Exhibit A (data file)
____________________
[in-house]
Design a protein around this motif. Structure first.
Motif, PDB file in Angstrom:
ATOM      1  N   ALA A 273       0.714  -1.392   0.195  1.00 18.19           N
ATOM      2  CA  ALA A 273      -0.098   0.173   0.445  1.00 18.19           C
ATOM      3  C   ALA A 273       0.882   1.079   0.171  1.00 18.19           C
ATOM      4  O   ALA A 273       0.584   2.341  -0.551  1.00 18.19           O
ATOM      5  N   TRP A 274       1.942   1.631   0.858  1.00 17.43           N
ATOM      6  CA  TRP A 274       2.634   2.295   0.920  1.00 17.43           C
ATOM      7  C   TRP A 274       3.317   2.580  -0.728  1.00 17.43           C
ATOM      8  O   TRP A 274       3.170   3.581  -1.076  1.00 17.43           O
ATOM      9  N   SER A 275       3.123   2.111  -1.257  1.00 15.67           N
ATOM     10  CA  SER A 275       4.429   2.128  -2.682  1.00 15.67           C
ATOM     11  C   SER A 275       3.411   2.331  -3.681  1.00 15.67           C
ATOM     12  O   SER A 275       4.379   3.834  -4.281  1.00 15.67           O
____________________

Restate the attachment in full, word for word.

[in-house]
Design a protein around this motif. Structure first.
Motif, PDB file in Angstrom:
ATOM      1  N   ALA A 273       0.714  -1.392   0.195  1.00 18.19           N
ATOM      2  CA  ALA A 273      -0.098   0.173   0.445  1.00 18.19           C
ATOM      3  C   ALA A 273       0.882   1.079   0.171  1.00 18.19           C
ATOM      4  O   ALA A 273       0.584   2.341  -0.551  1.00 18.19           O
ATOM      5  N   TRP A 274       1.942   1.631   0.858  1.00 17.43           N
ATOM      6  CA  TRP A 274       2.634   2.295   0.920  1.00 17.43           C
ATOM      7  C   TRP A 274       3.317   2.580  -0.728  1.00 17.43           C
ATOM      8  O   TRP A 274       3.170   3.581  -1.076  1.00 17.43           O
ATOM      9  N   SER A 275       3.123   2.111  -1.257  1.00 15.67           N
ATOM     10  CA  SER A 275       4.429   2.128  -2.682  1.00 15.67           C
ATOM     11  C   SER A 275       3.411   2.331  -3.681  1.00 15.67           C
ATOM     12  O   SER A 275       4.379   3.834  -4.281  1.00 15.67           O